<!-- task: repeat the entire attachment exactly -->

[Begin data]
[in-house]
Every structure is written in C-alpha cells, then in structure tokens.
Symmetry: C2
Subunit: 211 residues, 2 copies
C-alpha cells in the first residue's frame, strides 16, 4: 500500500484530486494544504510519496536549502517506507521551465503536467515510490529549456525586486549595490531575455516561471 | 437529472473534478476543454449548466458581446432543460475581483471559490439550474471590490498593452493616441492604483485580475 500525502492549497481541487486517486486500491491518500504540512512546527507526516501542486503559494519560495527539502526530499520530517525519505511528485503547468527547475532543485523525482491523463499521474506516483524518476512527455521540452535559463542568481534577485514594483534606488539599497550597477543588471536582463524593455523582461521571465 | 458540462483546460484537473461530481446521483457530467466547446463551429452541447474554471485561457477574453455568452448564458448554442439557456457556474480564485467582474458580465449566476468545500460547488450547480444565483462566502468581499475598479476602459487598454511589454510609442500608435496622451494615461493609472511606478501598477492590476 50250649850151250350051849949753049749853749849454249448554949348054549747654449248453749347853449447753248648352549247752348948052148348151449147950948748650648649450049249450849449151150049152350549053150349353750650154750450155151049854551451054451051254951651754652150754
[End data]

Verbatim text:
[in-house]
Every structure is written in C-alpha cells, then in structure tokens.
Symmetry: C2
Subunit: 211 residues, 2 copies
C-alpha cells in the first residue's frame, strides 16, 4: 500500500484530486494544504510519496536549502517506507521551465503536467515510490529549456525586486549595490531575455516561471 | 437529472473534478476543454449548466458581446432543460475581483471559490439550474471590490498593452493616441492604483485580475 500525502492549497481541487486517486486500491491518500504540512512546527507526516501542486503559494519560495527539502526530499520530517525519505511528485503547468527547475532543485523525482491523463499521474506516483524518476512527455521540452535559463542568481534577485514594483534606488539599497550597477543588471536582463524593455523582461521571465 | 458540462483546460484537473461530481446521483457530467466547446463551429452541447474554471485561457477574453455568452448564458448554442439557456457556474480564485467582474458580465449566476468545500460547488450547480444565483462566502468581499475598479476602459487598454511589454510609442500608435496622451494615461493609472511606478501598477492590476 50250649850151250350051849949753049749853749849454249448554949348054549747654449248453749347853449447753248648352549247752348948052148348151449147950948748650648649450049249450849449151150049152350549053150349353750650154750450155151049854551451054451051254951651754652150754